Introducing automated machines into the workplace could also lead to heightened workplace anxiety. By having machines that do some of the tasks originally done by humans, workers might begin to fear losing their job. Since automated machines are quickly becoming more and more advanced, it is not unmanageable to foresee a future where machines perform work in an office environment, thus “causing panic and reducing morreale” (Gaskell, 2018). If automation is to have a much larger place within our society these pressing ethical dilemmas need to be addressed immediately.

Automation is here to stay, and we need to adapt to the ever-changing technological challenges that automation brings. As algorithms replace human workers, there is a chance of increased unemployment. In an automated society, many people will face the dilemma of “broken career ladders,” in which entry-level workers no longer have any opportunity to enter the workforce (Wong, 2015). Entry-level jobs in finance, banking, construction, and even waiting tables could become automated in the future. These jobs will greatly reduce career options for many young workers. The future of automation appears quite alarming.  Once a reservoir of creativity and hope, modern technological advancement is quickly becoming a nightmare with extensive ramifications for blue collar workers.


References

Andrews, R. (2019, August 28). How automation is changing the way restaurants do business. Eat. https://restaurant.eatapp.co/blog/automation-in-restaurant-industry

Dizikes, P. (2020, May 5). Study finds stronger links between automation and inequality. MIT News. https://news.mit.edu/2020/study-inks-automation-inequality-0506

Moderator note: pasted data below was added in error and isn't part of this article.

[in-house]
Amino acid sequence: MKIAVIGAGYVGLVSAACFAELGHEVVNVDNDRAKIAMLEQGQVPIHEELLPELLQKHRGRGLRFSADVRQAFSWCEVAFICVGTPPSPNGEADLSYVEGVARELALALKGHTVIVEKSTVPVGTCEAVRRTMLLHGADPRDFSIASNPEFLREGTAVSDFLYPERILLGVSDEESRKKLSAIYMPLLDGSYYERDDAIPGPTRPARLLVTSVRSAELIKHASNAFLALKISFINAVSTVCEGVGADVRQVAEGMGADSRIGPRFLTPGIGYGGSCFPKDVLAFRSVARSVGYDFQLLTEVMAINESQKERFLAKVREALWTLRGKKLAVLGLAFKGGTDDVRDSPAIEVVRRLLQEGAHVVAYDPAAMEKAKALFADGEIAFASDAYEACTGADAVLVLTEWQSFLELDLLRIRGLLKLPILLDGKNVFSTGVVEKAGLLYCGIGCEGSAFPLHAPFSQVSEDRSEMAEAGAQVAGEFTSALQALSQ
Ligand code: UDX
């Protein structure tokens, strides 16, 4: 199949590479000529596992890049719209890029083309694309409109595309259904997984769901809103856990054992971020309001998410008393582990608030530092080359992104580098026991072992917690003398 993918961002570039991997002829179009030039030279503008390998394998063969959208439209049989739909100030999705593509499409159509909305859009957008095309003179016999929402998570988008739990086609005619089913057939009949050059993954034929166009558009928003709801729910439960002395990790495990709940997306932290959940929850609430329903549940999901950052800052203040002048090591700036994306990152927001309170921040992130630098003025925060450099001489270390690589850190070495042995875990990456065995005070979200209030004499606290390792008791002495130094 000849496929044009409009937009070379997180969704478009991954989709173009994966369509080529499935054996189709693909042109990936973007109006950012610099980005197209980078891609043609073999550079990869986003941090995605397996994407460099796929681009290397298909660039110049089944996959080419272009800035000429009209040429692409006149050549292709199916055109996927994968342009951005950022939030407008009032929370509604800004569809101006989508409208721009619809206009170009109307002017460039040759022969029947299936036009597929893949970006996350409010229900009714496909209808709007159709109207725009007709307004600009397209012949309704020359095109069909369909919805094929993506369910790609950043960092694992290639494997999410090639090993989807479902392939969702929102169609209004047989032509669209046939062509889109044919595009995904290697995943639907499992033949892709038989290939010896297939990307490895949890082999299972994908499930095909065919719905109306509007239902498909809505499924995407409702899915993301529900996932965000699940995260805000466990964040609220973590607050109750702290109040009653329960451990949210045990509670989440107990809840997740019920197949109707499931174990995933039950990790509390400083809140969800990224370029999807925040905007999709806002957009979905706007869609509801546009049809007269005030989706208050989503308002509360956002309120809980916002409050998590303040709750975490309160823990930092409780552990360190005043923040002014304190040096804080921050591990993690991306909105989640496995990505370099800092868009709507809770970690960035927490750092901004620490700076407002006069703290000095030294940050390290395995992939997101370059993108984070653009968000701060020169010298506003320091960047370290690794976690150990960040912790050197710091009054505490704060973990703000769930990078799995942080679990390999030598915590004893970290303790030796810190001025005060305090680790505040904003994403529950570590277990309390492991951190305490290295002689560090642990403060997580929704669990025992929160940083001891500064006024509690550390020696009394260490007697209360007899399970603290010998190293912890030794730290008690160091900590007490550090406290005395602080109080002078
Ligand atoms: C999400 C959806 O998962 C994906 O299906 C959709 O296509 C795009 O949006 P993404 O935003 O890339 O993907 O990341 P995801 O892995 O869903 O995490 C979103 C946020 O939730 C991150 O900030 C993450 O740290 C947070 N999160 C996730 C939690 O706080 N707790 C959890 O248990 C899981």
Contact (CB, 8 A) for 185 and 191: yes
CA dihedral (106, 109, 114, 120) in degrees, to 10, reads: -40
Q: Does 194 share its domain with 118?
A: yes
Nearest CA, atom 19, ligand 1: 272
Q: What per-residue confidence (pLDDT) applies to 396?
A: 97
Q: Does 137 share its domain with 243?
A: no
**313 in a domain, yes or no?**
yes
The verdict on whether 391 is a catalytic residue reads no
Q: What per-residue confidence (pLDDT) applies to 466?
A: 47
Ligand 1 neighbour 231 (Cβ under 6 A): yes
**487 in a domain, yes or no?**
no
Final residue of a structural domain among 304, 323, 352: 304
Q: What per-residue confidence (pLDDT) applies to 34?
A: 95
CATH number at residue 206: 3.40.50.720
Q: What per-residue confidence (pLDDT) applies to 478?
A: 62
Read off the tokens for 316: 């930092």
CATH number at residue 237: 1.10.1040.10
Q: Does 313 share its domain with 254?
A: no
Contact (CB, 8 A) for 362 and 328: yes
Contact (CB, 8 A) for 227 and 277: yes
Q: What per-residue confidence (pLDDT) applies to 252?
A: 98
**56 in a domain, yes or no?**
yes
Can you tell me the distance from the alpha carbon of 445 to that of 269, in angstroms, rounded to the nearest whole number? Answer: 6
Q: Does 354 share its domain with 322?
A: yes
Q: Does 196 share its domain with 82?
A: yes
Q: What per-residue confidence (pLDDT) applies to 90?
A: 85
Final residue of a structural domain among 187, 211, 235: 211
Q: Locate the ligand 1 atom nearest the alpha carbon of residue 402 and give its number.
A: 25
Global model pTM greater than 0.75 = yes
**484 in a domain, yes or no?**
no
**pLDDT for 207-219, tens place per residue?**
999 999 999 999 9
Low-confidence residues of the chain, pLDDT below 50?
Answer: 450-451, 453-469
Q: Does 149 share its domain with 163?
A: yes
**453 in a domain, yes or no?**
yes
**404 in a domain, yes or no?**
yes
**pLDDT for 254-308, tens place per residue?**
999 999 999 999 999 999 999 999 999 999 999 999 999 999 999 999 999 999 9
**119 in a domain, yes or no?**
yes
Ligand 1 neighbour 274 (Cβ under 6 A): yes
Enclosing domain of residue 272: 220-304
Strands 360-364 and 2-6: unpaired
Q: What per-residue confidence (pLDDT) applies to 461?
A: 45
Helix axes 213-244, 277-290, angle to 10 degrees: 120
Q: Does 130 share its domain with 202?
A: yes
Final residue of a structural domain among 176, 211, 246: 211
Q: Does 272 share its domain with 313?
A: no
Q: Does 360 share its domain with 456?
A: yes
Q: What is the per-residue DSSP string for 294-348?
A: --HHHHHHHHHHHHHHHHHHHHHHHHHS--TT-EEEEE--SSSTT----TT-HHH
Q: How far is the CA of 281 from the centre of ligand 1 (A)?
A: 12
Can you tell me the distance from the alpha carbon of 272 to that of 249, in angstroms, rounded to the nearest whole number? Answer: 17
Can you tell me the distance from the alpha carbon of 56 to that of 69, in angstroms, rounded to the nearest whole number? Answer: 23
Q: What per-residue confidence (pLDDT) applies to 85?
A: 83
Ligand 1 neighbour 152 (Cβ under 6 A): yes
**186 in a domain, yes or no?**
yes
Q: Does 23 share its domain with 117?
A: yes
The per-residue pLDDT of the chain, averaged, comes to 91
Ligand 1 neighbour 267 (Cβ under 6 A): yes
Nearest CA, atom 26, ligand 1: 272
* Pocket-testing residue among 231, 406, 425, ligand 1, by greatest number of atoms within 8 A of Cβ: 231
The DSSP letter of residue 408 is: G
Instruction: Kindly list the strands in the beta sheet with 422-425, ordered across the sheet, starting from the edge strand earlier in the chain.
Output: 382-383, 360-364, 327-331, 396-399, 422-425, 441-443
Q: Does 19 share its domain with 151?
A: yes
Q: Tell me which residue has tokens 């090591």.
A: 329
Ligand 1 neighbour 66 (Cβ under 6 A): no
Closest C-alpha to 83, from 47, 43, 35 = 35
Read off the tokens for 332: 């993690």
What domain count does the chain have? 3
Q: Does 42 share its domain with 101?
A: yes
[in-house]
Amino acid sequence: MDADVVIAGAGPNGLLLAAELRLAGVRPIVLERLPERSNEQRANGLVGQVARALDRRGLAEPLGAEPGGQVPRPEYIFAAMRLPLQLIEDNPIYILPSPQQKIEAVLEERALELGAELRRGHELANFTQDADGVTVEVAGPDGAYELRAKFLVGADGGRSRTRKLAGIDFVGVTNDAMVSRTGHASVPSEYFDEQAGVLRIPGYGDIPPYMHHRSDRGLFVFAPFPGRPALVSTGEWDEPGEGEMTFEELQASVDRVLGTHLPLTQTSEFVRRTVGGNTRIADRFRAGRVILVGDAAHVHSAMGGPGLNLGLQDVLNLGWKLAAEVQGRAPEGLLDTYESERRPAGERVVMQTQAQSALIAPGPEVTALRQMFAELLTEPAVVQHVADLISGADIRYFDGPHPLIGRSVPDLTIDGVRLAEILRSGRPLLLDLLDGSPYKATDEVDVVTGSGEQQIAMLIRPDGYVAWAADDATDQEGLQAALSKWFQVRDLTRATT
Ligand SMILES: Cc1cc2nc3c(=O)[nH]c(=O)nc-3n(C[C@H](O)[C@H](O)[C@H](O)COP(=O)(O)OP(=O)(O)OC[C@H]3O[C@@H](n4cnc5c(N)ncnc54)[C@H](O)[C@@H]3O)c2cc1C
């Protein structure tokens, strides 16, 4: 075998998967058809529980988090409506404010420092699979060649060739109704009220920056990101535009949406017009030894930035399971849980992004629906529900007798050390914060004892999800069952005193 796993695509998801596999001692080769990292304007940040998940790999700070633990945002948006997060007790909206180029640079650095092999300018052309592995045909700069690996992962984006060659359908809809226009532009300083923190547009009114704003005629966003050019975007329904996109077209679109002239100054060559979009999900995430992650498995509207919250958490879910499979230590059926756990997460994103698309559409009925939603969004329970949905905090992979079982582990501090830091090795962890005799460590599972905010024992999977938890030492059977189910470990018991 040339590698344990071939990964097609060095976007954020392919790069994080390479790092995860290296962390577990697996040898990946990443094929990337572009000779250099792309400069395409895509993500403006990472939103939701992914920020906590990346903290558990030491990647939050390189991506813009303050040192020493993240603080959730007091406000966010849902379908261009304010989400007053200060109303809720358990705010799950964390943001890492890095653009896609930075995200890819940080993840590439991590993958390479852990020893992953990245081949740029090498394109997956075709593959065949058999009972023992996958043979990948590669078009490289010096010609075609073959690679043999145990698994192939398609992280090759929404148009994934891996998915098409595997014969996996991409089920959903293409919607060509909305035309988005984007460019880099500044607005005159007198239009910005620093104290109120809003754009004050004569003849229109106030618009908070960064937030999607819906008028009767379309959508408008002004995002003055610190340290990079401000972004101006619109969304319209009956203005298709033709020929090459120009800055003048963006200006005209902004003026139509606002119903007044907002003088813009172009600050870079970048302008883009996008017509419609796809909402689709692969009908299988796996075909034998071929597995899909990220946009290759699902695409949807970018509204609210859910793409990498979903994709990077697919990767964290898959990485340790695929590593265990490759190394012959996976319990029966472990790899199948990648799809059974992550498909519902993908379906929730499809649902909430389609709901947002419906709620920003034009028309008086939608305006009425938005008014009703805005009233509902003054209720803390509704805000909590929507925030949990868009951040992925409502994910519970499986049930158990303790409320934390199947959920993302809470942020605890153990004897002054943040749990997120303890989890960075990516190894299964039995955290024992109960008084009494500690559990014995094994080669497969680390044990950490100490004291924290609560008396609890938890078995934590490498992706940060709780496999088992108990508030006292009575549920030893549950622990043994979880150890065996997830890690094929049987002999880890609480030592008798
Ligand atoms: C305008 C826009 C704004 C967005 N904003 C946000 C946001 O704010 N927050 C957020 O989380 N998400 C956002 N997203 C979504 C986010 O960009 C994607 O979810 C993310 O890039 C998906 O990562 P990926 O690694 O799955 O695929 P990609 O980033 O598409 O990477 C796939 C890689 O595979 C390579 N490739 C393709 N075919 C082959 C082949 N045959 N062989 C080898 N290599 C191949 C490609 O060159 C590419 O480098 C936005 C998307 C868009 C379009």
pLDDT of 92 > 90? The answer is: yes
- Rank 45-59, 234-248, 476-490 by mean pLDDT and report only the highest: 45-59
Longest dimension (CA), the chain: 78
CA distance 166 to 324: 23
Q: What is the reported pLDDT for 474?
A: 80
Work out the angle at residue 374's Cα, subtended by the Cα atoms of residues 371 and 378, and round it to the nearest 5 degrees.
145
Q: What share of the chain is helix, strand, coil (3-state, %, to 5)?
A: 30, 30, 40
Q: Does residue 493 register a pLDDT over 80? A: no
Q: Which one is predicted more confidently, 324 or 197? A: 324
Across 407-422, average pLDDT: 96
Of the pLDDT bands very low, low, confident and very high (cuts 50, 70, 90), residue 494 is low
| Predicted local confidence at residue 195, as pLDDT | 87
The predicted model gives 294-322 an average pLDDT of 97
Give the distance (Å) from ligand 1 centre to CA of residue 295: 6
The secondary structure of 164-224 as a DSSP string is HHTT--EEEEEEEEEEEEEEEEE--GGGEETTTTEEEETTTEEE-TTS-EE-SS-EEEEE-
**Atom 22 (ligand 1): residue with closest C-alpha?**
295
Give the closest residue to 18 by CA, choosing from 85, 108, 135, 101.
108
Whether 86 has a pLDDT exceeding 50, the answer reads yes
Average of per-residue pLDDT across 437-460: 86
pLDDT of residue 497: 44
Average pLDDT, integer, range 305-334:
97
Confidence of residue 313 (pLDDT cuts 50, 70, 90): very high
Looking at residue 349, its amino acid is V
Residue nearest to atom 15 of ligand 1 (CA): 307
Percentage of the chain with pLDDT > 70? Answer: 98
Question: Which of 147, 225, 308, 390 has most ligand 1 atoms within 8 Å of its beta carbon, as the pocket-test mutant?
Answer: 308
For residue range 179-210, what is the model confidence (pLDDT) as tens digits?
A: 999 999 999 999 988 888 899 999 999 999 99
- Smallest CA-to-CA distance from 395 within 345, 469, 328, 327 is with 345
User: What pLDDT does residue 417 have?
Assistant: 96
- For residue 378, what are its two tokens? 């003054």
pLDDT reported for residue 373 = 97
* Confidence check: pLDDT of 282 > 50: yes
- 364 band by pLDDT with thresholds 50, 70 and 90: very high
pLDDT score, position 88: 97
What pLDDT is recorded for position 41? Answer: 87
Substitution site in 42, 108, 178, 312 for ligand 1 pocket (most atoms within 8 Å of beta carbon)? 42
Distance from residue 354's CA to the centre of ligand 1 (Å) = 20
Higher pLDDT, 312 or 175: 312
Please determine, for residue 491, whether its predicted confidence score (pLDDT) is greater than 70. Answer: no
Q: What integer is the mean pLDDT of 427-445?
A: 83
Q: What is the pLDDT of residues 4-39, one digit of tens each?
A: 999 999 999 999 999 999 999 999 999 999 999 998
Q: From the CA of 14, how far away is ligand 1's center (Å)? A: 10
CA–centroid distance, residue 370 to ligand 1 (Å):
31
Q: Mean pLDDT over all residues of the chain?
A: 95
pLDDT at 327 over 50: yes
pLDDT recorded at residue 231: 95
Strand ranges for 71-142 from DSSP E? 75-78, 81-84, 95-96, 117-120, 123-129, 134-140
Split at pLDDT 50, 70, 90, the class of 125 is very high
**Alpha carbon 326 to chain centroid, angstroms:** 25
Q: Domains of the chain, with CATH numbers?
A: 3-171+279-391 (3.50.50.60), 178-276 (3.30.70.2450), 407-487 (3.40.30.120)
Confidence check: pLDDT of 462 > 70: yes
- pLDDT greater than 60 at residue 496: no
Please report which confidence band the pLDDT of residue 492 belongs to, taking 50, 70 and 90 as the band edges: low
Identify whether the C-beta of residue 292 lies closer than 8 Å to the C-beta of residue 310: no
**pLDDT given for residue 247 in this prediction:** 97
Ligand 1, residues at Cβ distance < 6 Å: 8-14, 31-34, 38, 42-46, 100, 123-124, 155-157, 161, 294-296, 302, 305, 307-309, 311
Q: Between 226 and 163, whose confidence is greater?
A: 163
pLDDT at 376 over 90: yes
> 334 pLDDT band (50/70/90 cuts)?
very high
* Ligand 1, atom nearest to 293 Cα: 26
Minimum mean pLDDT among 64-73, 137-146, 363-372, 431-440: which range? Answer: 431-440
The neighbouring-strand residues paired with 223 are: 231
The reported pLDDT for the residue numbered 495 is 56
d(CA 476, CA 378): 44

Gaskell, A. (2018, April 18). Automation, ethics and accountability of AI systems. Forbes. https://www.forbes.com/sites/adigaskell/2018/04/18/automation-ethics-and-accountability-of-ai-systems

Mayor, T. (2019, July 8). Ethics and automation: What to do when workers are displaced. MIT Sloan School of Management. https://mitsloan.mit.edu/ideas-made-to-matter/ethics-and-automation-what-to-do-when-workers-are-displaced

McNeal, M. (2015, August 7). Rise of the machines: The future has lots of robots, few jobs for humans. Wired. https://www.wired.com/brandlab/2015/04/rise-machines-future-lots-robots-jobs-humans/

Schneider, C. (2019, October 28). 10 reasons why AI-powered, automated customer service is the future. Watson Blog. https://www.ibm.com/blogs/watson/2017/10/10-reasons-ai-powered-automated-customer-service-future/

Wong, J.C. (2015, January 18). How will automation affect society? World Economic Forum. https://www.weforum.org/agenda/2015/01/how-will-automation-affect-society/